Evel Knievel's Son + a Return to The Rocket Ride to Hell! - OZY | A Modern Media Company

Evel Knievel's Son + a Return to The Rocket Ride to Hell!

Evel Knievel's Son + a Return to The Rocket Ride to Hell!

By Eugene S. Robinson


Because badass never dies.

By Eugene S. Robinson

In this occasional series, OZY takes to streets and neighborhoods across the globe to ask a simple question: “How was your day?”

Kelly Knievel
Las Vegas, Nevada

It’s fucking hot here … 112 degrees. And I’m trying to drive my kids somewhere, but I’m gearing up, as the owner of Evel Knievel’s intellectual property rights, for this September 17th thing we got going on. We got Scott Truax, this vagabond engineer who, like, lives in his car, redesigning the rocket for another try at getting over the Snake River Canyon in Twin Falls, Idaho. The same one my father tried and didn’t pull off. He’s got this professional stuntman, Eddie Braun, who must have been drinking when he agreed to this, to do it.

High-octane hellfire!

eddie kelly x2

Source Photo courtesy of Kelly Knievel

The rocket itself, and it’s like strapping yourself to a tin can, is a 10,000-horsepower rocket, and it goes from, like, zero to 300 mph in about three seconds, so you’d have to be drinking to even consider it. But Eddie, after a long career as a stuntman, wanted this to be his last stunt, so he waited 40 years for this. And Scott’s father, Robert, was my father’s engineer on it the first time around [on Sept. 8, 1974, Evel Knievel attempted the mile-long jump in a specially engineered rocket motorcycle], so he wanted to see if he could design it so he pulled it off this time. The problem the last time was that as the rocket motorcycle hit the takeoff ramp, the parachute deployed right away. It was a mistake, but it was really too dangerous to try again.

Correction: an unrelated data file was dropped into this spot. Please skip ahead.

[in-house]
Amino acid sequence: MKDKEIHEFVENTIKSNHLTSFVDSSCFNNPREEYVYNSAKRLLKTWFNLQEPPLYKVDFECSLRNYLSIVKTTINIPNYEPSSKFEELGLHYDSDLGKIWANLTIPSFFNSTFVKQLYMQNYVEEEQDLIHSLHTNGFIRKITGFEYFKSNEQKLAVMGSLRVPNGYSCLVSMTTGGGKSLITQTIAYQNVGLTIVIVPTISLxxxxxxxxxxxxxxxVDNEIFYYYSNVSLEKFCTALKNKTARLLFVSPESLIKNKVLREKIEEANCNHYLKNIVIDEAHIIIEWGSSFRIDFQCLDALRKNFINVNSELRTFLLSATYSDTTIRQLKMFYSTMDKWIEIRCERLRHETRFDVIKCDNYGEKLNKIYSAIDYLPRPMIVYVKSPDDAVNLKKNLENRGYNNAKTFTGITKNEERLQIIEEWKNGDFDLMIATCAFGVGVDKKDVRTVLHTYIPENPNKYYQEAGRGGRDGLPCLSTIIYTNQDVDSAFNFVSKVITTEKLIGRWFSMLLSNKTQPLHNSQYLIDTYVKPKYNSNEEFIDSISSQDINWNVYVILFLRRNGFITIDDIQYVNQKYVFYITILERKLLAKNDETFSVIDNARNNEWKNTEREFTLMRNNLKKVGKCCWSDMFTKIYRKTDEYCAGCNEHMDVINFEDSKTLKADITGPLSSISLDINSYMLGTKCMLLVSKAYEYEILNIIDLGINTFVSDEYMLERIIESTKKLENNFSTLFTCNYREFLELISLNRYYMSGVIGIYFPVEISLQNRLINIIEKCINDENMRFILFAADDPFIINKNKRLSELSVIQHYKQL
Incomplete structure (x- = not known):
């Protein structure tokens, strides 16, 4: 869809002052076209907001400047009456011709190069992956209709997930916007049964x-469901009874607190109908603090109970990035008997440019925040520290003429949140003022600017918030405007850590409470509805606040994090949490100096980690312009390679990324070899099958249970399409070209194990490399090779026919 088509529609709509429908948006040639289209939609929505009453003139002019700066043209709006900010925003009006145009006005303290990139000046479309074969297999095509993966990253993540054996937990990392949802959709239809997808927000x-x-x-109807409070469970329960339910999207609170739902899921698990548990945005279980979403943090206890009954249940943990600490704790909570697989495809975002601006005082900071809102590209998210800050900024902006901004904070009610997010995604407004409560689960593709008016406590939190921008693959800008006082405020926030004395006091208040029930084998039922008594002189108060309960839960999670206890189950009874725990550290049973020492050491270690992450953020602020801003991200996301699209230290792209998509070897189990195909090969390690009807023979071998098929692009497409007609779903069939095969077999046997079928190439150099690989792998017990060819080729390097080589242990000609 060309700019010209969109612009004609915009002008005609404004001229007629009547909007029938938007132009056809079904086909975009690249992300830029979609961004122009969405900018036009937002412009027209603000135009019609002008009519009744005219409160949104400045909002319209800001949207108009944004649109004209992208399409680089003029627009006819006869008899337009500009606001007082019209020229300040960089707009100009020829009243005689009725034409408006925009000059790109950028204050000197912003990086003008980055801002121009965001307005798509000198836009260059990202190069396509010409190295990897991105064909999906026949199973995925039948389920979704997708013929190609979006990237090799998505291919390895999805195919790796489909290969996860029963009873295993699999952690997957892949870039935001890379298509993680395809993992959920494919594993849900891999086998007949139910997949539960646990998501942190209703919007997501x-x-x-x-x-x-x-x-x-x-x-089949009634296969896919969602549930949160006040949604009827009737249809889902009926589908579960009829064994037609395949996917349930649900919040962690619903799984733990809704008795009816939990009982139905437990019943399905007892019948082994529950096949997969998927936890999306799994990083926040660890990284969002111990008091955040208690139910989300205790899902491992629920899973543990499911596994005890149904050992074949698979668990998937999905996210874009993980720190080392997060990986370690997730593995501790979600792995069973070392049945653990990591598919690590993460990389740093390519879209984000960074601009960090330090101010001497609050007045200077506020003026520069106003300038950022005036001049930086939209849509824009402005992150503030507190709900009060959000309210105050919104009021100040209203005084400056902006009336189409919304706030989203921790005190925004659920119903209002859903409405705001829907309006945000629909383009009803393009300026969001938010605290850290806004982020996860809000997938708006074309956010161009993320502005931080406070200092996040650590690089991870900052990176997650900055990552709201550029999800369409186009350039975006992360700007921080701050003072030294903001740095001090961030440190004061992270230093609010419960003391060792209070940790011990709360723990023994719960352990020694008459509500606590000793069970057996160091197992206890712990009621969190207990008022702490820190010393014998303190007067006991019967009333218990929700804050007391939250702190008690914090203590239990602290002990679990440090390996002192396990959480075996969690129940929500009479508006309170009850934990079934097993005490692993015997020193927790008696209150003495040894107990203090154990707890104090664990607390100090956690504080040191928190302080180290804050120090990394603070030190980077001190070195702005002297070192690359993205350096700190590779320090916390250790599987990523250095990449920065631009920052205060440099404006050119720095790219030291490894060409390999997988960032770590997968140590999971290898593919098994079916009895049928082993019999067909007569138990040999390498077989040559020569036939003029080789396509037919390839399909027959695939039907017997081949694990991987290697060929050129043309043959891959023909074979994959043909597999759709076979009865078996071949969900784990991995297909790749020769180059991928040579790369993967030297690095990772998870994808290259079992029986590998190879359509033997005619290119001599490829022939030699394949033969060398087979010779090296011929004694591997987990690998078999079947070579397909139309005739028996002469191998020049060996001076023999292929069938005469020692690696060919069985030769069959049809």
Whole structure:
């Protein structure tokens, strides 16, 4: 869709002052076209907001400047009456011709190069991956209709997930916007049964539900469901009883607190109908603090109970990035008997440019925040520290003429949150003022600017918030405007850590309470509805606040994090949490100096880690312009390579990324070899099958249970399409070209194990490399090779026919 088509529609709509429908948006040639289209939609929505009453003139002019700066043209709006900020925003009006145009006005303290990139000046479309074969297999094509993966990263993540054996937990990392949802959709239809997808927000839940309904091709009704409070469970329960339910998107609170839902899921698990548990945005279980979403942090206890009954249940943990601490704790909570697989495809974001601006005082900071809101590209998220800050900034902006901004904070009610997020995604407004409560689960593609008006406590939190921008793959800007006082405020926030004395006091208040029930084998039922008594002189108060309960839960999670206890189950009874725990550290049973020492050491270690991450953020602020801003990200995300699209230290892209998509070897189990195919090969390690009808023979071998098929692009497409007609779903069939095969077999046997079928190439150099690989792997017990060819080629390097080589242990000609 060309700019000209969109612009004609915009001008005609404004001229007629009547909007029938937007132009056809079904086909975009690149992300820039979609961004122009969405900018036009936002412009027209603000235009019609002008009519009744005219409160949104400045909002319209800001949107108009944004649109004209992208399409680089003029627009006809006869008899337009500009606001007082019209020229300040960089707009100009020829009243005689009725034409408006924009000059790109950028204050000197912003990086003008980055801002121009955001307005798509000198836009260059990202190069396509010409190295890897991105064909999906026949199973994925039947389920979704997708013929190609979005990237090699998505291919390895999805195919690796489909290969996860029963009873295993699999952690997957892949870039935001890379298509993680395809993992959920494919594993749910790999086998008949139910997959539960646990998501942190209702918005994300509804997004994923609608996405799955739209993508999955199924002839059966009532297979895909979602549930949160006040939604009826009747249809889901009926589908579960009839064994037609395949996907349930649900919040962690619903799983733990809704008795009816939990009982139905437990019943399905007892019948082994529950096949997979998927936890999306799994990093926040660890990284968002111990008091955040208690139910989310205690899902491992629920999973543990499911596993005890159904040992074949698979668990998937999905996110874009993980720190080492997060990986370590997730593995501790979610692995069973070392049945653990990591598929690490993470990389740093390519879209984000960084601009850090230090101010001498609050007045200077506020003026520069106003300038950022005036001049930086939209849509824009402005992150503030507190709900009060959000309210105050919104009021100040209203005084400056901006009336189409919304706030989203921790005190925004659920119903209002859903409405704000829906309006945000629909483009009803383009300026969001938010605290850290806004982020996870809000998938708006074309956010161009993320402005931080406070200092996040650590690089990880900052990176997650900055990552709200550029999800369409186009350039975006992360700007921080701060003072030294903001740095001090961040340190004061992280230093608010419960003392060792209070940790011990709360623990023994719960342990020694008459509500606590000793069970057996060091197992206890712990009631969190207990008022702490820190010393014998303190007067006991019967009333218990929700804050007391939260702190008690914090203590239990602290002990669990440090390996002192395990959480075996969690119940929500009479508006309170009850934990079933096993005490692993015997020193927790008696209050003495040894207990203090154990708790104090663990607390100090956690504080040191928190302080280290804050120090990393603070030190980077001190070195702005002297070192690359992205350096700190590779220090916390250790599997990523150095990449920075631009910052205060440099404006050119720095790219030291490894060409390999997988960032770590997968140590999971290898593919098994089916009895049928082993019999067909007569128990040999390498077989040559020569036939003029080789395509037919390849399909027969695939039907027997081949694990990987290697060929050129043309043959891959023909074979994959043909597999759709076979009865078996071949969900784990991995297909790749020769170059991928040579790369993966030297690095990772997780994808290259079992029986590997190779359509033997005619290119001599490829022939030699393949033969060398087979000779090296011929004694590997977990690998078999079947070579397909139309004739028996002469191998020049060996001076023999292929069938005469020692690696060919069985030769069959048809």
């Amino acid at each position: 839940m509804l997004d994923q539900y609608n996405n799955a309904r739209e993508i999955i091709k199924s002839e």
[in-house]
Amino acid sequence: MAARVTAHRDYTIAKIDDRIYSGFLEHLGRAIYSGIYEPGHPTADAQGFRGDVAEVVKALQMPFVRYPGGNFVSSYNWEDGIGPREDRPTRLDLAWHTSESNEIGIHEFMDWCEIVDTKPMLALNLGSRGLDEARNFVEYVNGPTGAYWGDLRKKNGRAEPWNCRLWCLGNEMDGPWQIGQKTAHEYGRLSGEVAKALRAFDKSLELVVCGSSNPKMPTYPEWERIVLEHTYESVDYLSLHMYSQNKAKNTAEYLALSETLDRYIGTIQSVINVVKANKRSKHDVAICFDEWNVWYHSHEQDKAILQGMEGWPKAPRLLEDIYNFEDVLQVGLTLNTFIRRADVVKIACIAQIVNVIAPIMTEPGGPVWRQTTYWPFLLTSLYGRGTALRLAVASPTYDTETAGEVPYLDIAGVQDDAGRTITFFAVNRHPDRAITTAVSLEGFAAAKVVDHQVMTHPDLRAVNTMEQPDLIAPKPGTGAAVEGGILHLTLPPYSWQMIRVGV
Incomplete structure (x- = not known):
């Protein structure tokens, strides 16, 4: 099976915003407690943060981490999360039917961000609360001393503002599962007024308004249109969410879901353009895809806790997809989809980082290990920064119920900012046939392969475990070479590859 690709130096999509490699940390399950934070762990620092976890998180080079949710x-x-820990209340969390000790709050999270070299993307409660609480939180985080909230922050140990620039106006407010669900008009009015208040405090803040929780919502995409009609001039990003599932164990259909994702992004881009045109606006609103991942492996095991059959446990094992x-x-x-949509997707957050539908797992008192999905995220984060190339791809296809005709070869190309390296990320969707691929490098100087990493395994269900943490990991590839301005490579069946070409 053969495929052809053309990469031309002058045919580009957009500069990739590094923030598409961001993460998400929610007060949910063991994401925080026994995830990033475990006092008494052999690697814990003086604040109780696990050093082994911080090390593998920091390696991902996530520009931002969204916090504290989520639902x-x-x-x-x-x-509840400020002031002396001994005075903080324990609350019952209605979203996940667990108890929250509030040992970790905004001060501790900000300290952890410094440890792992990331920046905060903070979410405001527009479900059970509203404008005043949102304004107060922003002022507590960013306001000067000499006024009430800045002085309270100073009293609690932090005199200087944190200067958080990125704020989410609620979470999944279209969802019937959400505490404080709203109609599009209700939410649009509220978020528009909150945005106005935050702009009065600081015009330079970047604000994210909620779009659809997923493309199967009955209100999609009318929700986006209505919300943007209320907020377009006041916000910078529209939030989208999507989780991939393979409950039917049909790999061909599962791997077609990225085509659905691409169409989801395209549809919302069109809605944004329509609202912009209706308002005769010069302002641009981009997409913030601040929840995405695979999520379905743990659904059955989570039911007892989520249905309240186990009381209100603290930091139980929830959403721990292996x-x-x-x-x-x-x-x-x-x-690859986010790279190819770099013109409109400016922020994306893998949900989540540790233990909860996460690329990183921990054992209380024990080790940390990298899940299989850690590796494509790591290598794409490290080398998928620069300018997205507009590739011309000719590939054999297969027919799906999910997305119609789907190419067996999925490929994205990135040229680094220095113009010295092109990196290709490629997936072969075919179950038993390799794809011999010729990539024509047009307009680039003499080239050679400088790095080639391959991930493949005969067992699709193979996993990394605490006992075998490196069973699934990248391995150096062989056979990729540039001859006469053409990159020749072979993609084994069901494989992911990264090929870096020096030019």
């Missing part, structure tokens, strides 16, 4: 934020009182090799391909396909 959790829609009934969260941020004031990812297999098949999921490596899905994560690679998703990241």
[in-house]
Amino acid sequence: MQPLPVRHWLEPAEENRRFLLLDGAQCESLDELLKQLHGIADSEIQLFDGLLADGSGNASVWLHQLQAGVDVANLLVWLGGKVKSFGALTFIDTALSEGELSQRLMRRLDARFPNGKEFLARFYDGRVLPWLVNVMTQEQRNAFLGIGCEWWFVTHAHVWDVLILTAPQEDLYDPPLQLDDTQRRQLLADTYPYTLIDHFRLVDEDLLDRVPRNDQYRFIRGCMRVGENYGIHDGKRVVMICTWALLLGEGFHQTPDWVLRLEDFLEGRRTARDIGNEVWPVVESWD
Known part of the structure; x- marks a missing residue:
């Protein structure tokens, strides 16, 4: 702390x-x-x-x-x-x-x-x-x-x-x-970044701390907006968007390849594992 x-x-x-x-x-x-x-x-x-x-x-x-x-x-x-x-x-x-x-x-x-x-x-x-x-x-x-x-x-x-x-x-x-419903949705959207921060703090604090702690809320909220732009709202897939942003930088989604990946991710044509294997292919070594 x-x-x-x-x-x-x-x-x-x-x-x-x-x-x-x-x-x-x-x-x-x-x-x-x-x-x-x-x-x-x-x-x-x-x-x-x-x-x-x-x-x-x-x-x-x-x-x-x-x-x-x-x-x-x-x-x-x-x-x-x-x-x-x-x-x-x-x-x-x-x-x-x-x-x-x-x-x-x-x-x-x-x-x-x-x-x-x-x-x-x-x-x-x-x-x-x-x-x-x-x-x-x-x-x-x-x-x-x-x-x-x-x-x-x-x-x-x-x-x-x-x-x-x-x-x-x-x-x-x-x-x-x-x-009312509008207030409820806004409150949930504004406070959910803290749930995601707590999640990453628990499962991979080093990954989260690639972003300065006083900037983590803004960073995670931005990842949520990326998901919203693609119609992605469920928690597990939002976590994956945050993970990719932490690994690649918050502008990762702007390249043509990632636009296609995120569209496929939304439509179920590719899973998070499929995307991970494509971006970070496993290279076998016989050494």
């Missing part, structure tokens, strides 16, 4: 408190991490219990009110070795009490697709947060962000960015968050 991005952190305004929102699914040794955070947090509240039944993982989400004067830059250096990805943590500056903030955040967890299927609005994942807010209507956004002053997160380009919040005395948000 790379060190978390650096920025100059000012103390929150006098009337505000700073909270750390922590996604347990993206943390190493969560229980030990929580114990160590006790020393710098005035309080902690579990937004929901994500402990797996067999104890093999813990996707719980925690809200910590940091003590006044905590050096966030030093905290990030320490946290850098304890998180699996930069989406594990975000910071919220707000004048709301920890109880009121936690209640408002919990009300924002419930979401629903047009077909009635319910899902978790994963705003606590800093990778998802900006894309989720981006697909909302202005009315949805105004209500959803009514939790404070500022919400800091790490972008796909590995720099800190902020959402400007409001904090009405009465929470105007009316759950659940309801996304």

Using the same technology, spare parts from the first one and the same design as last time with some minor improvements, they want to give it a try. So we got clearances from local governments and the Federal Aviation Administration, and we’re working on sponsors now. I’ve no idea what it’ll be like, but I’m sure it’ll be entertaining. I used to ride myself, but crashed too many times. I remember my dad letting me sit in the old one when I was 14, and it really was like being tied to a can and looking right up at the sky. I got in the new one, and it was just as scary. I was really nervous when my father tried it, but Eddie’s financing this on a shoestring, so it’s part of a dream he’s got. But this really might not be the smartest idea. 

But, you know, when he was a kid, Eddie met my dad, so this really means something to him. When he came to ask what I think about it? I told him like I told you: Crazy, but I ain’t going to stop you. And so far he’s not being stopped.


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